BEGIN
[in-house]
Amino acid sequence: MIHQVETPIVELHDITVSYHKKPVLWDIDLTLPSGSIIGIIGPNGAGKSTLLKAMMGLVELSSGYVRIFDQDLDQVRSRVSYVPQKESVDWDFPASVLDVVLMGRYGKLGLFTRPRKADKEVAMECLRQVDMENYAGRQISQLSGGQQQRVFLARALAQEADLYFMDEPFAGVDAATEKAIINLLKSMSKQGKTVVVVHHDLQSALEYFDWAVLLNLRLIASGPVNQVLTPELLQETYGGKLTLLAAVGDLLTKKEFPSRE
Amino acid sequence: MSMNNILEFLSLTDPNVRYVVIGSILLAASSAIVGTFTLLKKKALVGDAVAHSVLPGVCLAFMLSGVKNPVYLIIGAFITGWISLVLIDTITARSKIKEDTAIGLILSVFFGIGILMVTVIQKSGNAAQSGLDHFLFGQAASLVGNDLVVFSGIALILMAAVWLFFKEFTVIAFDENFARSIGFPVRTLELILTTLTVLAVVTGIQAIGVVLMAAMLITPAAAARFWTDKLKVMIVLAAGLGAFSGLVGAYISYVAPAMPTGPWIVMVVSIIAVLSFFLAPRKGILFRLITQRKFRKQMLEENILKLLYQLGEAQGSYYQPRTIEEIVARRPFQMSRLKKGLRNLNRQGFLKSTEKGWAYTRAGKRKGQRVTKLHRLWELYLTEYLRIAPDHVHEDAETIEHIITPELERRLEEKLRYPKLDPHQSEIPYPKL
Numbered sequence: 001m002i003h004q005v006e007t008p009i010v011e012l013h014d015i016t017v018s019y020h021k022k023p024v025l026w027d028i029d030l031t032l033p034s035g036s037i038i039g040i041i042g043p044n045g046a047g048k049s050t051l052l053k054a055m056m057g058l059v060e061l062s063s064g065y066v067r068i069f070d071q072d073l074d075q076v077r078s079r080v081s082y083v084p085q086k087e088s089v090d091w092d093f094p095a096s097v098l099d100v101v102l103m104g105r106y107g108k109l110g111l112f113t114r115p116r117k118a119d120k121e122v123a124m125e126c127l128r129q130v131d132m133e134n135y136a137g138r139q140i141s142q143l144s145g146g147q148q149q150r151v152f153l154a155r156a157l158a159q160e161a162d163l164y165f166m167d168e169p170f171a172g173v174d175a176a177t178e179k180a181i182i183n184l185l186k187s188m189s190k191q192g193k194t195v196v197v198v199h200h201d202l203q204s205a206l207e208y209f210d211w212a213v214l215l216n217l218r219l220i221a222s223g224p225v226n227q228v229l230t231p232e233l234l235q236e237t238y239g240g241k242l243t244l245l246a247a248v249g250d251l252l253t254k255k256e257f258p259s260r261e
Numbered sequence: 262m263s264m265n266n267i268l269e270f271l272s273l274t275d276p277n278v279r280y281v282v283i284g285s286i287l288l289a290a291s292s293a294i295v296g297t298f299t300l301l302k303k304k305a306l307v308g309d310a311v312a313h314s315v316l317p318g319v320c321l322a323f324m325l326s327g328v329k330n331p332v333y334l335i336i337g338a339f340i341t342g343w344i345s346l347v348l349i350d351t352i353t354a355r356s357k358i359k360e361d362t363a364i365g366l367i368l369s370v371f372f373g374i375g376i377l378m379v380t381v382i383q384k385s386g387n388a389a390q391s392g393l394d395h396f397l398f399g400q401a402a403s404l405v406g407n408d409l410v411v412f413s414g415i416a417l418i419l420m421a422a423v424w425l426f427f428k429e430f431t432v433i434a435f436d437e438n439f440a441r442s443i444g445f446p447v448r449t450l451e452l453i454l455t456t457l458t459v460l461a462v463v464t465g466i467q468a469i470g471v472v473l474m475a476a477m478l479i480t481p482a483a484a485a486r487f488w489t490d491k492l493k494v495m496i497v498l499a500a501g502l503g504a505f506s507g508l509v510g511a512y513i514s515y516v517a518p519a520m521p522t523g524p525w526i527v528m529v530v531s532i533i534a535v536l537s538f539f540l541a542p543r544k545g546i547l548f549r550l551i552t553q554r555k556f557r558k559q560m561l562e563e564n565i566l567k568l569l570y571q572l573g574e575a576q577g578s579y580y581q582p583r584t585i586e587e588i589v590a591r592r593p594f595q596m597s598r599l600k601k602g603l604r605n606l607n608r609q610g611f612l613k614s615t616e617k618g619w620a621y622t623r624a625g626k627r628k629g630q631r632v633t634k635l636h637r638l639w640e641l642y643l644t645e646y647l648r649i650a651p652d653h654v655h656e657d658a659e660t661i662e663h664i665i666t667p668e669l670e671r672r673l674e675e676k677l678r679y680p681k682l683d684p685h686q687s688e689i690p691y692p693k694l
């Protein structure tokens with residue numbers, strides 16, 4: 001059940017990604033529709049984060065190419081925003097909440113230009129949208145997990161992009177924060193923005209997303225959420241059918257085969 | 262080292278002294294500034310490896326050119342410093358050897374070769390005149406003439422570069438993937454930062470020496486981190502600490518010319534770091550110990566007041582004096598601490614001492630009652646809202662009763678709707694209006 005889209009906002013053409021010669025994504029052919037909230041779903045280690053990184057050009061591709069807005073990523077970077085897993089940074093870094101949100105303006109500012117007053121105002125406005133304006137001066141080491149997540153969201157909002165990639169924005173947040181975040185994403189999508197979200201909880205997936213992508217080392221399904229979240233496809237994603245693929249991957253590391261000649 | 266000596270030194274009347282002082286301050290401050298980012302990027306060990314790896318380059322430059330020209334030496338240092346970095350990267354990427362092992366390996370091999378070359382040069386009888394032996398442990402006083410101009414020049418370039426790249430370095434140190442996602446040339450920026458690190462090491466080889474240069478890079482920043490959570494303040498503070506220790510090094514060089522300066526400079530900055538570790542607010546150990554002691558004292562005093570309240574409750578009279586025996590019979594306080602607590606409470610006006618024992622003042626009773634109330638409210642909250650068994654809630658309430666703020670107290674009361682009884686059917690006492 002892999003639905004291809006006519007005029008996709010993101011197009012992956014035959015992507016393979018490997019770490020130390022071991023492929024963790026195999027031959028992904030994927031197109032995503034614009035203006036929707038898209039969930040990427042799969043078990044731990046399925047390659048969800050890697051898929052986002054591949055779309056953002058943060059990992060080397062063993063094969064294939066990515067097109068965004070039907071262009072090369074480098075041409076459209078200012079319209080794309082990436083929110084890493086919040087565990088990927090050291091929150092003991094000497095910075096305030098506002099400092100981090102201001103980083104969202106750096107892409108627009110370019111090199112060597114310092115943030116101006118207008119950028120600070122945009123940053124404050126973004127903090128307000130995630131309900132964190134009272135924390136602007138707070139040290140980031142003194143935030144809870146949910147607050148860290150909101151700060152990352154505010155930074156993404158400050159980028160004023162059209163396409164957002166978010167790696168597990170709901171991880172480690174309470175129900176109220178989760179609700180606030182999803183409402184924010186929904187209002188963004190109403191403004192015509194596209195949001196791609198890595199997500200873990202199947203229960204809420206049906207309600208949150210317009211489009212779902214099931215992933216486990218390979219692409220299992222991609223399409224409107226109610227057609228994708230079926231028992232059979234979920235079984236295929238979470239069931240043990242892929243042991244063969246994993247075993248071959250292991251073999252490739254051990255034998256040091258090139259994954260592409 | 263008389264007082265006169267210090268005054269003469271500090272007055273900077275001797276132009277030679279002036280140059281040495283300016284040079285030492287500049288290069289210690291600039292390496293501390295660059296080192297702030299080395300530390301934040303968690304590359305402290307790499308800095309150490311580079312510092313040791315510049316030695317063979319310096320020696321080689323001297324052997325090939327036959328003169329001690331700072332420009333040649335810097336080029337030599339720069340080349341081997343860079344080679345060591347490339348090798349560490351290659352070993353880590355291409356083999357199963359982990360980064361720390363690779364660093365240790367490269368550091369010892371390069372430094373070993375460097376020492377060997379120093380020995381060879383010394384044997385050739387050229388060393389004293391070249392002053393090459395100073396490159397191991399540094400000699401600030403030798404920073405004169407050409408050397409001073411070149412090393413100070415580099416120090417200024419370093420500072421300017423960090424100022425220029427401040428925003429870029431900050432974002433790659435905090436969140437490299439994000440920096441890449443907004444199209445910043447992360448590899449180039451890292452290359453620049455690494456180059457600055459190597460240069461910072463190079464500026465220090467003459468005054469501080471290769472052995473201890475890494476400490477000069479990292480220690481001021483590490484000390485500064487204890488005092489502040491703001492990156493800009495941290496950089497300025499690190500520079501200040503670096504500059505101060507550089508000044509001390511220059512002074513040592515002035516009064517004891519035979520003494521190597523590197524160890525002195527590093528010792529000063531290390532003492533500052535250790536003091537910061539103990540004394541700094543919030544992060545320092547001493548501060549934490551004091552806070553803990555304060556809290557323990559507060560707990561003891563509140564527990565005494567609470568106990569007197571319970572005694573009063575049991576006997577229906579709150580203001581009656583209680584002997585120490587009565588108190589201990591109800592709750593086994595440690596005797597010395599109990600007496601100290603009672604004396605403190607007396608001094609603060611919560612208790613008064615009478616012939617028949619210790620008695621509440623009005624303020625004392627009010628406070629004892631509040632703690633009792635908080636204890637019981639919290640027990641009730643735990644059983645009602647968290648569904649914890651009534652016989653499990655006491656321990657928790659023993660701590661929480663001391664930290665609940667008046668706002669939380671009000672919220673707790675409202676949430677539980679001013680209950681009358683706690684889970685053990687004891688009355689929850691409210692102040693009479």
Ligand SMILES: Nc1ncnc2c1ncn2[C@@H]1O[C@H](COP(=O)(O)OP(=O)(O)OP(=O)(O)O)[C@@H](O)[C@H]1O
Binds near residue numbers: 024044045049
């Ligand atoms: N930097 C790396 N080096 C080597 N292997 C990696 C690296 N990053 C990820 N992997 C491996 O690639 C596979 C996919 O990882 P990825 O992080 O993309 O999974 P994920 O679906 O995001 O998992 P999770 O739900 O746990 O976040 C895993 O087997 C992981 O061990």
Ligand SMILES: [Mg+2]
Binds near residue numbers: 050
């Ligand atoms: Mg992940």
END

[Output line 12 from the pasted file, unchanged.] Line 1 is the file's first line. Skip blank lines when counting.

């Ligand atoms: Mg992940």